Some remarks concerning the corrosion of Al-Mg alloys

(Working notes)

  1. Virtually any Al-containing Mg alloy consists of two main phases (the very important influence of minor additives is ignored at this stage):
    α-phase: essentially pure magnesium
    β-phase: Mg17Al12 (calculated 55.7wt% Mg)
  2. Considering the equilibrium phase diagram for the system Al-Mg, β-phase should be more exactly referred to as γ-phase, because a congruent compound is found at ~ 50% Al:
    Al-Mg Phase Diagram
    Likewise, the α-phase is not necessarily the pure magnesium; rather it may contain up to 17% of Al solute. The “true” β-phase must contain about 35-37% Al and have the nominal stoichiometry Al8Mg5. Indeed, such a phase is sporadically mentioned in the literature, however, it is never referred to as β-phase. We here will also refer to the Mg17Al12 as β-phase in accordance with the mainstream.
  3. These three phases have the following free corrosion potentials (1. O. Lunder, K. Nisancioglu and R. S. Hansen, SAE Technical Paper Series, 1993, 930755; 2. K Mutombo, M Du Toit, “Corrosion fatigue behaviour of aluminium 5083-H111 welded using gas metal arc welding method, in ARC WELDING”, InTech OPEN ACCESS ( 2011 1, 177-218):
phaseEcor, V vs. SHE
α-phase– 1.651
β-phase: Mg17Al12– 1.201
Al8Mg5– 1.252

As is seen from the table, both intermetallic phases are strongly cathodic with respect to the α-phase. Therefore, they should cause fast oxidation of the latter. However, in practice, the corrosion rate strongly depends on some additional circumstances (Song, G., Atrens, A., “Understanding Magnesium Corrosion—A Framework for Improved Alloy Performance,” Advanced Engineering Materials 2003, 5(12) 837-858):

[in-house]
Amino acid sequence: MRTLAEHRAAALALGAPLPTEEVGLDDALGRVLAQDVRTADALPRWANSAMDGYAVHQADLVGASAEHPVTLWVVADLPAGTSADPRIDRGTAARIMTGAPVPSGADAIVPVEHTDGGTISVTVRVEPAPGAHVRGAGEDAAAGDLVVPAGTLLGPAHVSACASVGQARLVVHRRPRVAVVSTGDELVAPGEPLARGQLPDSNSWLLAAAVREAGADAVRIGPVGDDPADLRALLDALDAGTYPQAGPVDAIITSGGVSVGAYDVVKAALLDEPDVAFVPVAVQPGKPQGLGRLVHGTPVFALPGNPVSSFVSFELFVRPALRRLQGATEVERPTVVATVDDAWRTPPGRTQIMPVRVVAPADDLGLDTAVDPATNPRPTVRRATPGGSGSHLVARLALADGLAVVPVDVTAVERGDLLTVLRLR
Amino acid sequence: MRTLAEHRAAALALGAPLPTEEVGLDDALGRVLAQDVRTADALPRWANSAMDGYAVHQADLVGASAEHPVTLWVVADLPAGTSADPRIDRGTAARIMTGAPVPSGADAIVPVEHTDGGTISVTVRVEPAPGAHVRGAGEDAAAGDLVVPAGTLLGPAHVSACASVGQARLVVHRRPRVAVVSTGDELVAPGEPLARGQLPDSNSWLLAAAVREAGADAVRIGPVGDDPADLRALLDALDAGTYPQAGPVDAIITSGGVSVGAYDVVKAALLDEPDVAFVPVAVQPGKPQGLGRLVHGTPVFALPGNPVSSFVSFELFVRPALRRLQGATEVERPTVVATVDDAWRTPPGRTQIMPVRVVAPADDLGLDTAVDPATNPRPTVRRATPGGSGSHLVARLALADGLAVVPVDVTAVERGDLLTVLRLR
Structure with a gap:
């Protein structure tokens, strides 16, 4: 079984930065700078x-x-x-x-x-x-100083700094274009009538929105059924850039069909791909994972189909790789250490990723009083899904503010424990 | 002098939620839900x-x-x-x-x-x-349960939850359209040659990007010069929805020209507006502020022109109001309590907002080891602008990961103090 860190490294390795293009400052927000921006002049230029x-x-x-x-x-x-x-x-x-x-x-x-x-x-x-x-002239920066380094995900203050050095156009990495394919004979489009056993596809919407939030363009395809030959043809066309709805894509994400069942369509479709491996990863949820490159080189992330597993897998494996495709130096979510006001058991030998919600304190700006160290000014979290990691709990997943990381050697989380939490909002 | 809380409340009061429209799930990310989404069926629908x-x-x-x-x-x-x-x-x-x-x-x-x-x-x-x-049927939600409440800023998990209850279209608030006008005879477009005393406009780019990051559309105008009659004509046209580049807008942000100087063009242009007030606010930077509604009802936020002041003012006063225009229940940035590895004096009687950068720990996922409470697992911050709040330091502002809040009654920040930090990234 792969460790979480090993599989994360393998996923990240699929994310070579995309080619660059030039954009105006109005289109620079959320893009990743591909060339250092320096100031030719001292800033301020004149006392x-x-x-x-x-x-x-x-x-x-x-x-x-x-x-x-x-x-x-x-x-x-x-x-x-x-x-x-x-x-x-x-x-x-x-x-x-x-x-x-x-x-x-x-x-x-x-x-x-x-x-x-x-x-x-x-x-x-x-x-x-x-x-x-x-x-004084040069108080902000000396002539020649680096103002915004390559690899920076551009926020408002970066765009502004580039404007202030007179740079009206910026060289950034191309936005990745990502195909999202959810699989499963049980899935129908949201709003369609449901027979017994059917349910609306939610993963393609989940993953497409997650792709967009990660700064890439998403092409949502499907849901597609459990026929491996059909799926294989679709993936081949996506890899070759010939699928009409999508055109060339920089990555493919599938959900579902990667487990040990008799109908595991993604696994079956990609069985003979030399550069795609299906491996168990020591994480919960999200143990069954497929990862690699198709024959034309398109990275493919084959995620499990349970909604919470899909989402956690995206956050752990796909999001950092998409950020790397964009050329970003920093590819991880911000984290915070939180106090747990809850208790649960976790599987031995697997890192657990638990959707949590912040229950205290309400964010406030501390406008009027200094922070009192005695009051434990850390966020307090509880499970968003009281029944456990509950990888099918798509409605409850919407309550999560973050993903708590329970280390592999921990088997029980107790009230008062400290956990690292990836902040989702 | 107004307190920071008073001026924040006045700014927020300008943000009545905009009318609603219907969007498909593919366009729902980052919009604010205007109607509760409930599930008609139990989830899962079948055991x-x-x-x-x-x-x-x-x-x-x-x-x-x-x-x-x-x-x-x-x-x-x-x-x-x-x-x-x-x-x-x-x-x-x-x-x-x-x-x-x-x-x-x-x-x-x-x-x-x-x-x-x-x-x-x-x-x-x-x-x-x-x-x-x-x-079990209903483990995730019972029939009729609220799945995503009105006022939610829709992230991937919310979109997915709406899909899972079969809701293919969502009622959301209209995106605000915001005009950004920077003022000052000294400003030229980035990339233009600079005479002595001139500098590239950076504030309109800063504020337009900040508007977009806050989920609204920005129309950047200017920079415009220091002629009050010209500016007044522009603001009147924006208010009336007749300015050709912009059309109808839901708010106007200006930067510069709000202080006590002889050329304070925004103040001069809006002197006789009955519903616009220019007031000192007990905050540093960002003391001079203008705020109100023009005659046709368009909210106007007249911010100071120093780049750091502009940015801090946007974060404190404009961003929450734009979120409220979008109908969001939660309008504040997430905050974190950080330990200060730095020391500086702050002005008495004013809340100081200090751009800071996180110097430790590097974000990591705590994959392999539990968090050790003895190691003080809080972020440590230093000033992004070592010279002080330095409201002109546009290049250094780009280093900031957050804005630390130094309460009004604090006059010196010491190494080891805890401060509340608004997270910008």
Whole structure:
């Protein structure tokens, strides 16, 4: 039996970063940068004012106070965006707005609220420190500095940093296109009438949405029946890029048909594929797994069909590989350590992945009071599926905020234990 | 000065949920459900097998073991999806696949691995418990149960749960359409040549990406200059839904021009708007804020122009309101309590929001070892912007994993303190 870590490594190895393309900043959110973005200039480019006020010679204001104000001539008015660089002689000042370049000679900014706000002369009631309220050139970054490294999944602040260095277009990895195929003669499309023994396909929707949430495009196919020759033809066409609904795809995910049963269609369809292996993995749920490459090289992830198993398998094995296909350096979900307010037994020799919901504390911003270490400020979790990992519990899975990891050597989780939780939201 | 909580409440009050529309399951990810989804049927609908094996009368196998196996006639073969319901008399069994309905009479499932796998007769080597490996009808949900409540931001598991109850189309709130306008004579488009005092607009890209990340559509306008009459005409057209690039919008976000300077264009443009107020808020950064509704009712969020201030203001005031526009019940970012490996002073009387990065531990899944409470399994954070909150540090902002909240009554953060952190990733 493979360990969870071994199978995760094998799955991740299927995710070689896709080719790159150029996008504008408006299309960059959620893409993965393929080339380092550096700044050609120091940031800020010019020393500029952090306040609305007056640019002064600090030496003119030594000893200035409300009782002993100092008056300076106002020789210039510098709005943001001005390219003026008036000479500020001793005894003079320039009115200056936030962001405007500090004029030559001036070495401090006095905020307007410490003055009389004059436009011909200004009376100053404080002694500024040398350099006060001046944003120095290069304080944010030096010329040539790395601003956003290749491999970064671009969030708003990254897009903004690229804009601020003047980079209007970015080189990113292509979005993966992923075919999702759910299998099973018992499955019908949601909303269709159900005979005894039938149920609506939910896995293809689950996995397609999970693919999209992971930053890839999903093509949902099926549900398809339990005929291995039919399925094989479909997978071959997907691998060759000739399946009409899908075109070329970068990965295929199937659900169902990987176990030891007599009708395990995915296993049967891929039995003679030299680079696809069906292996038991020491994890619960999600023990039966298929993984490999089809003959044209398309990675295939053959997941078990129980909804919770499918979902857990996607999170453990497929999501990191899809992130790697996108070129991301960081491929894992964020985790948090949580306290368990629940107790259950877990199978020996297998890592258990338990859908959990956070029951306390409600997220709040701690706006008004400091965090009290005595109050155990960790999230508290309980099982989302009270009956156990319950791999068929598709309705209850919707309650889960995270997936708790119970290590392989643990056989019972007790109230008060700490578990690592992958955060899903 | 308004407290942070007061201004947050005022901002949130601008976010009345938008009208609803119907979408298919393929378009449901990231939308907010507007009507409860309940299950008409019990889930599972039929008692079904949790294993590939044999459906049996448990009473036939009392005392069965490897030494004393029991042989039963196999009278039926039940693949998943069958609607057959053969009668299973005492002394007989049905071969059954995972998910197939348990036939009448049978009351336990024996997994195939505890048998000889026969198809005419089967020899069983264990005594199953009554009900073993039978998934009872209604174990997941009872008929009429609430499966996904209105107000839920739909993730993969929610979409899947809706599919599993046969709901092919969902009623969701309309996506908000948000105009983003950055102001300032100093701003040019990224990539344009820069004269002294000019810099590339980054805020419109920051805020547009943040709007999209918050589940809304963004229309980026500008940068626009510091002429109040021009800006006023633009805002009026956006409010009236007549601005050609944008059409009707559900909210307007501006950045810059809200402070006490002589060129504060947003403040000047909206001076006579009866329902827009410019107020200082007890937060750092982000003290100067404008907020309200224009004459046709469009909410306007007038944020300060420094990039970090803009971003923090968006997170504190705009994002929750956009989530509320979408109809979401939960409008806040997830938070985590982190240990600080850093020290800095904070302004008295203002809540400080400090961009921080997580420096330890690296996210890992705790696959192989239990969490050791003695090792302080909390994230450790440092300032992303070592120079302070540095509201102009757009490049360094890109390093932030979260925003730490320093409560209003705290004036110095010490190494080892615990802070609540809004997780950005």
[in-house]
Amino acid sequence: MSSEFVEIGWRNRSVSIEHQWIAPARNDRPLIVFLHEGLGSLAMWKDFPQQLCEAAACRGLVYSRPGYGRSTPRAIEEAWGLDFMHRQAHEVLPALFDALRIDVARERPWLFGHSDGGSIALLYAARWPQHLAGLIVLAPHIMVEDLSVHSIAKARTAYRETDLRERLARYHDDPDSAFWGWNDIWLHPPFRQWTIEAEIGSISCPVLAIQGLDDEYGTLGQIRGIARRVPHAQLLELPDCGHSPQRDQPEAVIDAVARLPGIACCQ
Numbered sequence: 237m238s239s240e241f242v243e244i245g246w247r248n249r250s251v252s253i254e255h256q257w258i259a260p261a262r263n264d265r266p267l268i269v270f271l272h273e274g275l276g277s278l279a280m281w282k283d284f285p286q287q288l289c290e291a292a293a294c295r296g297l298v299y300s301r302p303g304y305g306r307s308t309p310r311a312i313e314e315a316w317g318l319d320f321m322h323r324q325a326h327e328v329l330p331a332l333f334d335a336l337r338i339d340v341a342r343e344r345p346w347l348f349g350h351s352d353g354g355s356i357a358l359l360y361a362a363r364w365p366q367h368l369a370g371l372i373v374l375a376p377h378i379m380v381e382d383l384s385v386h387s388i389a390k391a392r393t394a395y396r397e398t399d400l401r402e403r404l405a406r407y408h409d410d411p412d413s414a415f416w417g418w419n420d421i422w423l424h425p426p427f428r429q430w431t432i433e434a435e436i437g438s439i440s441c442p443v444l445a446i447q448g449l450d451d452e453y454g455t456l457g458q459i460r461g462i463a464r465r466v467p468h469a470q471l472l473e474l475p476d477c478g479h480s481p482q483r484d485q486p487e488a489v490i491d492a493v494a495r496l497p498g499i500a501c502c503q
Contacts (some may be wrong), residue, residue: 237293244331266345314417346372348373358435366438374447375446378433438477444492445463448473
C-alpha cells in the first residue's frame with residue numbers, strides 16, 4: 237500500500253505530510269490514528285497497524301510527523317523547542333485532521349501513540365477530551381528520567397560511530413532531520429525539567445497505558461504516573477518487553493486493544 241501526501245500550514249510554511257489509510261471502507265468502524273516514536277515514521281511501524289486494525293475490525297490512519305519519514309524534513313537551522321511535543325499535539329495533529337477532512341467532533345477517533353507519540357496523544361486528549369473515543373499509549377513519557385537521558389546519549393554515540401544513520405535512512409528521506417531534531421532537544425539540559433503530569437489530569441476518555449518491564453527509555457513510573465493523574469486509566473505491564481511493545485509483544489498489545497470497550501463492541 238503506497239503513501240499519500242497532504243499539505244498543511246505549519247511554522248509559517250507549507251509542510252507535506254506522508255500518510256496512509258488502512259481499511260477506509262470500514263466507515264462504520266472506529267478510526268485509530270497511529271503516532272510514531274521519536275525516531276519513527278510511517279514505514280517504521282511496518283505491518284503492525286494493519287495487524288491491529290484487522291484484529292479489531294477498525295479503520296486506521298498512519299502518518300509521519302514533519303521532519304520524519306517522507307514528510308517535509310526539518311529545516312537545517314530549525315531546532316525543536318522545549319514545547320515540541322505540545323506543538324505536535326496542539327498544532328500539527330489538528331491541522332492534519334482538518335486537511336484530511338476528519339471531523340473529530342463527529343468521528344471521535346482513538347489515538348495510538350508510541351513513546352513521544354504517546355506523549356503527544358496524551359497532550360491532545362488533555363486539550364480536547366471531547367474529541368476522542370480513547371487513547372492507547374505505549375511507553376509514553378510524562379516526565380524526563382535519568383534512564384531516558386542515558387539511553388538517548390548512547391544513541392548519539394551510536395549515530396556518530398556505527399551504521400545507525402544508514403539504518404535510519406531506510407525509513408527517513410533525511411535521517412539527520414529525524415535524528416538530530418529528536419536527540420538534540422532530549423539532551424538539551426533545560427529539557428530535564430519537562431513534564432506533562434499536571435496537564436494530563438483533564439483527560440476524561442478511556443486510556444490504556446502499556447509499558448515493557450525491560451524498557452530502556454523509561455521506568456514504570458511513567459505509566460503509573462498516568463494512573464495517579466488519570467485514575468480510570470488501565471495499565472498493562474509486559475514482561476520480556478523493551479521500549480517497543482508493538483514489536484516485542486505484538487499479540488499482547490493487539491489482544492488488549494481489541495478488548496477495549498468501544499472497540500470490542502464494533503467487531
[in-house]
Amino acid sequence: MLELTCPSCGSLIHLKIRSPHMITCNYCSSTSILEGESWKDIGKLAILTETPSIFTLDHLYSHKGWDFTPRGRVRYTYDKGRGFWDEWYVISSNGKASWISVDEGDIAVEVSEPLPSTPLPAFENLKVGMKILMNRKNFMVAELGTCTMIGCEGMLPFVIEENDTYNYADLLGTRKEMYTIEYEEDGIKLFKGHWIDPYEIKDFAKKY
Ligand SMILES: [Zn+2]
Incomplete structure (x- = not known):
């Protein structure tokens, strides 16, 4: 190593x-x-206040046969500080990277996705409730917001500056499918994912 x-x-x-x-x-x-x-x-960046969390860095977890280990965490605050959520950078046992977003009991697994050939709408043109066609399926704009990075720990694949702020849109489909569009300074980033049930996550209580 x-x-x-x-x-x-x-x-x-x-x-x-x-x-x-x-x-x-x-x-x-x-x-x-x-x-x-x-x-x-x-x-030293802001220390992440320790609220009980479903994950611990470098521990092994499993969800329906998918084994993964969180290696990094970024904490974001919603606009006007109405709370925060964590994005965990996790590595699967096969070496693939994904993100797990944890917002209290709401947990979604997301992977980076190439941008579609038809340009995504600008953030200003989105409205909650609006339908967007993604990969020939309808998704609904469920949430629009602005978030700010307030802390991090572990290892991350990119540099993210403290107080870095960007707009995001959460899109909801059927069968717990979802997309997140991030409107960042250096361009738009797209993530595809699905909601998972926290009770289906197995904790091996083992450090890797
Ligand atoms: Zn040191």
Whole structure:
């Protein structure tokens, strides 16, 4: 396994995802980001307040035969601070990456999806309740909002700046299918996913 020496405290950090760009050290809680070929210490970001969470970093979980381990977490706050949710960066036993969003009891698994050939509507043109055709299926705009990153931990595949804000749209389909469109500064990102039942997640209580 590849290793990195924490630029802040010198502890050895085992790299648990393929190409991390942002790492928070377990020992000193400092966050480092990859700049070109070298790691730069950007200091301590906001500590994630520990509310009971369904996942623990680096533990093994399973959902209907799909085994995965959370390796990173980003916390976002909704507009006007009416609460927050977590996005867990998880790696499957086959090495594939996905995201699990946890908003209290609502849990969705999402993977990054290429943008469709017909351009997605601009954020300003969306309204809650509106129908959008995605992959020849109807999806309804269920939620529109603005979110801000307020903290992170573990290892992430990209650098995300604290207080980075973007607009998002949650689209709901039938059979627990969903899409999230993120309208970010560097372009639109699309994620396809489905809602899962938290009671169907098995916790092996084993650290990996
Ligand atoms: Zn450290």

1. If the amount (volume fraction) of the β-phase is small, then it enhances the corrosion of magnesium. However, as the volume fraction of the β-phase is high enough, then this phase can serve as a protective coating and thus retard the corrosion process.
  2. For the same volume fraction of the β-phase, an alloy having finer grain structure will be better protected from corrosion that the same alloy having coarser grains. This may be explained by the fact that finer grains of the α-phase are coated by practically continuous thin network of the β-phase, which protects them. Therefore, die cast alloys corrode more slowly than sand cast.
  3. The periphery of an ingot corrodes more slowly (sometimes by the factor of 10) than the core. The explanation is that grains are typically coarser in the core and finer in the periphery.

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